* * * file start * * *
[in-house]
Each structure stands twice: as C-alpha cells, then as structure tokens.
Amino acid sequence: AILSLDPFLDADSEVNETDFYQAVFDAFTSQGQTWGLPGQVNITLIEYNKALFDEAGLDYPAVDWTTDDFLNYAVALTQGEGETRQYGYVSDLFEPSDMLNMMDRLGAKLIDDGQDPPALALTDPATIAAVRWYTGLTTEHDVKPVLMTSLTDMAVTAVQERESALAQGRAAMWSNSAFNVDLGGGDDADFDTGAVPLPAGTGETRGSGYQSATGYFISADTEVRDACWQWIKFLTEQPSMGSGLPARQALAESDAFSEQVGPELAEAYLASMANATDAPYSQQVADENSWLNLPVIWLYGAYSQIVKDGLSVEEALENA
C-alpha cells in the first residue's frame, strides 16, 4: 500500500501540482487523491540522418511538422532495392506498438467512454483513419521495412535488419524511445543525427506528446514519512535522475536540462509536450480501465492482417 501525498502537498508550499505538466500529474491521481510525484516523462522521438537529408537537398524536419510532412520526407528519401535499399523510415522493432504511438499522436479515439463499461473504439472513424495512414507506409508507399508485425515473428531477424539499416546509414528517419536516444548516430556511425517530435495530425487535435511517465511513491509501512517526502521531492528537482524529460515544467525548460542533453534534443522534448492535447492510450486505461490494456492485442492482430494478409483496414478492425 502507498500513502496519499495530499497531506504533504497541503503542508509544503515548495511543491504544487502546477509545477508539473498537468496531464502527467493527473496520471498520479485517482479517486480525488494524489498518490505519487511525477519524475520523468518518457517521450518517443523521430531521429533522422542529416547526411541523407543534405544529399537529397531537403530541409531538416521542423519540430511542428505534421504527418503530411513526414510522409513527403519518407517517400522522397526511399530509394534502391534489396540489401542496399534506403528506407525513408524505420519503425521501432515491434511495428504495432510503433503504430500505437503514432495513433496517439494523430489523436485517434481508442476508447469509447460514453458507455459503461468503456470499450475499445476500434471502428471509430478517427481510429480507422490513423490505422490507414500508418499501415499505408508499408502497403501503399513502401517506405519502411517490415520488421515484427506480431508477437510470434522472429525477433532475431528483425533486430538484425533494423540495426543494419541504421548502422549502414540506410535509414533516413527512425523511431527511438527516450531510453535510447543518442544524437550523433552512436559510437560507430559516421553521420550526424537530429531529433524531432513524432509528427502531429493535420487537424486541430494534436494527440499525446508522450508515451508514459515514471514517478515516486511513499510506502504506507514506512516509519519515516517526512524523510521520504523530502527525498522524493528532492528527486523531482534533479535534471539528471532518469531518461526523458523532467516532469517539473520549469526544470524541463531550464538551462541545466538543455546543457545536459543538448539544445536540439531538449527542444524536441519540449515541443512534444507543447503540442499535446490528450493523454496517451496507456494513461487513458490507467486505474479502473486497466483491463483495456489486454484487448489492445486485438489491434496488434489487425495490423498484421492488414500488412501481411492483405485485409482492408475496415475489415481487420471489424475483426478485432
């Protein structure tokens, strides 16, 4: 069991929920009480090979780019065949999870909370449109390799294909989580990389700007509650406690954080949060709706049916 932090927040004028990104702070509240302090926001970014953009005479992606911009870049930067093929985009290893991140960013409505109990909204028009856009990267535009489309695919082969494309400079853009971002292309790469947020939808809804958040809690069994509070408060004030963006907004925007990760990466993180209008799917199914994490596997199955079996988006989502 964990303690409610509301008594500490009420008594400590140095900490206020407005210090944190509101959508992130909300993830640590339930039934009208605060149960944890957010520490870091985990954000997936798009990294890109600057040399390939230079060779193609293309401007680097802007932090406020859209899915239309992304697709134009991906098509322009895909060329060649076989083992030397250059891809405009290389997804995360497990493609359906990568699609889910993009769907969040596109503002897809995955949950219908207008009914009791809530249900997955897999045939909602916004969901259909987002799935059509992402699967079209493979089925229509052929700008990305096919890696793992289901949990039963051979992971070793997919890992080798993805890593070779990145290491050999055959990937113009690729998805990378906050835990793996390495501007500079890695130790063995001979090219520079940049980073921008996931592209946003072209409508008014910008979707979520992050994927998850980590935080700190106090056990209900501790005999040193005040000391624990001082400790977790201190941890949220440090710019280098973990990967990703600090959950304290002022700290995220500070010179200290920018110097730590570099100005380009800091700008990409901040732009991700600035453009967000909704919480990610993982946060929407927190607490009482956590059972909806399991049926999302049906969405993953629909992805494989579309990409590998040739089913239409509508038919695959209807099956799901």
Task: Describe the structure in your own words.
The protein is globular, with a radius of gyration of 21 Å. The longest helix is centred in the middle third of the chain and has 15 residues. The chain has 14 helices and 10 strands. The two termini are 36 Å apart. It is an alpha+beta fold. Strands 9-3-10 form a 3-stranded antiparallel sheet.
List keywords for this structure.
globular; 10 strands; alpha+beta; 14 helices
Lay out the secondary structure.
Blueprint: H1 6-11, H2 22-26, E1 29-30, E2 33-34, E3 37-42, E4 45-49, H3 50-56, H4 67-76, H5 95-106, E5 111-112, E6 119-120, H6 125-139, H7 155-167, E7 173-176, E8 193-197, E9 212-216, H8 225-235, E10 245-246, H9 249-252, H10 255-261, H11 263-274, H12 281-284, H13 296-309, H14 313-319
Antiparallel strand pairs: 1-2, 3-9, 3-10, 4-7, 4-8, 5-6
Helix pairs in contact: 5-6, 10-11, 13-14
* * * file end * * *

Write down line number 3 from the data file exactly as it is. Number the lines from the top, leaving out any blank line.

Amino acid sequence: AILSLDPFLDADSEVNETDFYQAVFDAFTSQGQTWGLPGQVNITLIEYNKALFDEAGLDYPAVDWTTDDFLNYAVALTQGEGETRQYGYVSDLFEPSDMLNMMDRLGAKLIDDGQDPPALALTDPATIAAVRWYTGLTTEHDVKPVLMTSLTDMAVTAVQERESALAQGRAAMWSNSAFNVDLGGGDDADFDTGAVPLPAGTGETRGSGYQSATGYFISADTEVRDACWQWIKFLTEQPSMGSGLPARQALAESDAFSEQVGPELAEAYLASMANATDAPYSQQVADENSWLNLPVIWLYGAYSQIVKDGLSVEEALENA